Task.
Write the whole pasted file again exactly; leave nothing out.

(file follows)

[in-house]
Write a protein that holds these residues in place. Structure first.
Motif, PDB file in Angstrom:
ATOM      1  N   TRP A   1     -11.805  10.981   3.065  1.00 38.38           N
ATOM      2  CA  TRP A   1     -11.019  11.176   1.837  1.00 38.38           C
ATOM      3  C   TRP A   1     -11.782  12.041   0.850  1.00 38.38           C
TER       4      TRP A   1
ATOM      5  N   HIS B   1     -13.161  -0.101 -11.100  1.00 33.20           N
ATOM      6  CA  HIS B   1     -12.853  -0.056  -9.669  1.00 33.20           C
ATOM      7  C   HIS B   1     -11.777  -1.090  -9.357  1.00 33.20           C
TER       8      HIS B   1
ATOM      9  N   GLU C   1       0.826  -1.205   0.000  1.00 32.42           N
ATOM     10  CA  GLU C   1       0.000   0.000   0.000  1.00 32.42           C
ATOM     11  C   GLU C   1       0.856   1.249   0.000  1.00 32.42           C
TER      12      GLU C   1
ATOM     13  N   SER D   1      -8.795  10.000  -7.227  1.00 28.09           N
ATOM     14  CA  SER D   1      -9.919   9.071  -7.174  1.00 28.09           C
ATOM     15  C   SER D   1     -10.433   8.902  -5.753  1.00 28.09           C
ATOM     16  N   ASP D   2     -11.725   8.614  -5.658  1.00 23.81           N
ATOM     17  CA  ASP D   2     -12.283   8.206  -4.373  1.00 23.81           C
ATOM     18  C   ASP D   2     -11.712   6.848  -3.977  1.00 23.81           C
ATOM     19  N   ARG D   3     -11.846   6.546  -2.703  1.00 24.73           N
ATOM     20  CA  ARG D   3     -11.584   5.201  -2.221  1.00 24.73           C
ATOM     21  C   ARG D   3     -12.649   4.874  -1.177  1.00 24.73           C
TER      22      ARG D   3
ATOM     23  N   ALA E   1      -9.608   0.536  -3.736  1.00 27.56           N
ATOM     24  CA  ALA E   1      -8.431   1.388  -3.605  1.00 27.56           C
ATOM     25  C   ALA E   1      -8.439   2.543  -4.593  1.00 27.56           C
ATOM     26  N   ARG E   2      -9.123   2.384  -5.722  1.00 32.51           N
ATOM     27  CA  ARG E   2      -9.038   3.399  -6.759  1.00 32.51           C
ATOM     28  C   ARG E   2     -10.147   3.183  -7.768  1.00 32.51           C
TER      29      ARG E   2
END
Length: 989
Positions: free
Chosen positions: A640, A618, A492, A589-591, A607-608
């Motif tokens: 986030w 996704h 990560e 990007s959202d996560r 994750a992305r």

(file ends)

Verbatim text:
[in-house]
Write a protein that holds these residues in place. Structure first.
Motif, PDB file in Angstrom:
ATOM      1  N   TRP A   1     -11.805  10.981   3.065  1.00 38.38           N
ATOM      2  CA  TRP A   1     -11.019  11.176   1.837  1.00 38.38           C
ATOM      3  C   TRP A   1     -11.782  12.041   0.850  1.00 38.38           C
TER       4      TRP A   1
ATOM      5  N   HIS B   1     -13.161  -0.101 -11.100  1.00 33.20           N
ATOM      6  CA  HIS B   1     -12.853  -0.056  -9.669  1.00 33.20           C
ATOM      7  C   HIS B   1     -11.777  -1.090  -9.357  1.00 33.20           C
TER       8      HIS B   1
ATOM      9  N   GLU C   1       0.826  -1.205   0.000  1.00 32.42           N
ATOM     10  CA  GLU C   1       0.000   0.000   0.000  1.00 32.42           C
ATOM     11  C   GLU C   1       0.856   1.249   0.000  1.00 32.42           C
TER      12      GLU C   1
ATOM     13  N   SER D   1      -8.795  10.000  -7.227  1.00 28.09           N
ATOM     14  CA  SER D   1      -9.919   9.071  -7.174  1.00 28.09           C
ATOM     15  C   SER D   1     -10.433   8.902  -5.753  1.00 28.09           C
ATOM     16  N   ASP D   2     -11.725   8.614  -5.658  1.00 23.81           N
ATOM     17  CA  ASP D   2     -12.283   8.206  -4.373  1.00 23.81           C
ATOM     18  C   ASP D   2     -11.712   6.848  -3.977  1.00 23.81           C
ATOM     19  N   ARG D   3     -11.846   6.546  -2.703  1.00 24.73           N
ATOM     20  CA  ARG D   3     -11.584   5.201  -2.221  1.00 24.73           C
ATOM     21  C   ARG D   3     -12.649   4.874  -1.177  1.00 24.73           C
TER      22      ARG D   3
ATOM     23  N   ALA E   1      -9.608   0.536  -3.736  1.00 27.56           N
ATOM     24  CA  ALA E   1      -8.431   1.388  -3.605  1.00 27.56           C
ATOM     25  C   ALA E   1      -8.439   2.543  -4.593  1.00 27.56           C
ATOM     26  N   ARG E   2      -9.123   2.384  -5.722  1.00 32.51           N
ATOM     27  CA  ARG E   2      -9.038   3.399  -6.759  1.00 32.51           C
ATOM     28  C   ARG E   2     -10.147   3.183  -7.768  1.00 32.51           C
TER      29      ARG E   2
END
Length: 989
Positions: free
Chosen positions: A640, A618, A492, A589-591, A607-608
């Motif tokens: 986030w 996704h 990560e 990007s959202d996560r 994750a992305r």